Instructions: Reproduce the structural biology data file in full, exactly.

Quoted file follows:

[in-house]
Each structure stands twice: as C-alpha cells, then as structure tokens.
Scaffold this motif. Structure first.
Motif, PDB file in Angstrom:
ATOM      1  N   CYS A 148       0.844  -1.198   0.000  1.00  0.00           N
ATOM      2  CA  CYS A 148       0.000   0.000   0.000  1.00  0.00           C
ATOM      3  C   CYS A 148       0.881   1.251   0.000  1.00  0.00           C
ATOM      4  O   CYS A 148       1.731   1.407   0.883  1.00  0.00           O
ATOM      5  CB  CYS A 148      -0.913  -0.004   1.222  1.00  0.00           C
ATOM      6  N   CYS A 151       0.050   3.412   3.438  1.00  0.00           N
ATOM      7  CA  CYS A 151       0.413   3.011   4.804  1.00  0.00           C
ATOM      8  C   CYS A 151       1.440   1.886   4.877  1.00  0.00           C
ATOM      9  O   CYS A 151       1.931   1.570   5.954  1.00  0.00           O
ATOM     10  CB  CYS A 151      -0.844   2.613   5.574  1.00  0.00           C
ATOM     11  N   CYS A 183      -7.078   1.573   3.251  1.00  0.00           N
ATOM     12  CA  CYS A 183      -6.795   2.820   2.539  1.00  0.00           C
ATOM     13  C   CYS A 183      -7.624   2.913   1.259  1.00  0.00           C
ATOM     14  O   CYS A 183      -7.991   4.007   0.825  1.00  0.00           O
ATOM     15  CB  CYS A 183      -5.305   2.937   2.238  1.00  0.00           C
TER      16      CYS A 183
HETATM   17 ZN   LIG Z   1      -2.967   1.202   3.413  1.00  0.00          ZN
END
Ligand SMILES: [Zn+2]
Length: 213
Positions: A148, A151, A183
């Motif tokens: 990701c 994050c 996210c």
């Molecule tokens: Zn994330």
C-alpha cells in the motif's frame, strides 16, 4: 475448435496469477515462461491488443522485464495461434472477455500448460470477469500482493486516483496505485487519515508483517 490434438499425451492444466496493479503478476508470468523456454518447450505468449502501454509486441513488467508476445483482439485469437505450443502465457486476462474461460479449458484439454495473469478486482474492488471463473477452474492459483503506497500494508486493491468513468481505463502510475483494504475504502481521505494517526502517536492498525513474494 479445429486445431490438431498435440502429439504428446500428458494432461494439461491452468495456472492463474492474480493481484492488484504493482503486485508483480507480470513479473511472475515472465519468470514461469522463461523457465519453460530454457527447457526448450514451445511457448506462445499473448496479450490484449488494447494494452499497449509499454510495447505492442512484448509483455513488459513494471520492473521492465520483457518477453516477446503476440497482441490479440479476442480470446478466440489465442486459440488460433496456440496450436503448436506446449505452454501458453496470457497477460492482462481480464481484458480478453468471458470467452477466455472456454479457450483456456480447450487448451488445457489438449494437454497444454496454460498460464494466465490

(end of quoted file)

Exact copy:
[in-house]
Each structure stands twice: as C-alpha cells, then as structure tokens.
Scaffold this motif. Structure first.
Motif, PDB file in Angstrom:
ATOM      1  N   CYS A 148       0.844  -1.198   0.000  1.00  0.00           N
ATOM      2  CA  CYS A 148       0.000   0.000   0.000  1.00  0.00           C
ATOM      3  C   CYS A 148       0.881   1.251   0.000  1.00  0.00           C
ATOM      4  O   CYS A 148       1.731   1.407   0.883  1.00  0.00           O
ATOM      5  CB  CYS A 148      -0.913  -0.004   1.222  1.00  0.00           C
ATOM      6  N   CYS A 151       0.050   3.412   3.438  1.00  0.00           N
ATOM      7  CA  CYS A 151       0.413   3.011   4.804  1.00  0.00           C
ATOM      8  C   CYS A 151       1.440   1.886   4.877  1.00  0.00           C
ATOM      9  O   CYS A 151       1.931   1.570   5.954  1.00  0.00           O
ATOM     10  CB  CYS A 151      -0.844   2.613   5.574  1.00  0.00           C
ATOM     11  N   CYS A 183      -7.078   1.573   3.251  1.00  0.00           N
ATOM     12  CA  CYS A 183      -6.795   2.820   2.539  1.00  0.00           C
ATOM     13  C   CYS A 183      -7.624   2.913   1.259  1.00  0.00           C
ATOM     14  O   CYS A 183      -7.991   4.007   0.825  1.00  0.00           O
ATOM     15  CB  CYS A 183      -5.305   2.937   2.238  1.00  0.00           C
TER      16      CYS A 183
HETATM   17 ZN   LIG Z   1      -2.967   1.202   3.413  1.00  0.00          ZN
END
Ligand SMILES: [Zn+2]
Length: 213
Positions: A148, A151, A183
């Motif tokens: 990701c 994050c 996210c």
């Molecule tokens: Zn994330």
C-alpha cells in the motif's frame, strides 16, 4: 475448435496469477515462461491488443522485464495461434472477455500448460470477469500482493486516483496505485487519515508483517 490434438499425451492444466496493479503478476508470468523456454518447450505468449502501454509486441513488467508476445483482439485469437505450443502465457486476462474461460479449458484439454495473469478486482474492488471463473477452474492459483503506497500494508486493491468513468481505463502510475483494504475504502481521505494517526502517536492498525513474494 479445429486445431490438431498435440502429439504428446500428458494432461494439461491452468495456472492463474492474480493481484492488484504493482503486485508483480507480470513479473511472475515472465519468470514461469522463461523457465519453460530454457527447457526448450514451445511457448506462445499473448496479450490484449488494447494494452499497449509499454510495447505492442512484448509483455513488459513494471520492473521492465520483457518477453516477446503476440497482441490479440479476442480470446478466440489465442486459440488460433496456440496450436503448436506446449505452454501458453496470457497477460492482462481480464481484458480478453468471458470467452477466455472456454479457450483456456480447450487448451488445457489438449494437454497444454496454460498460464494466465490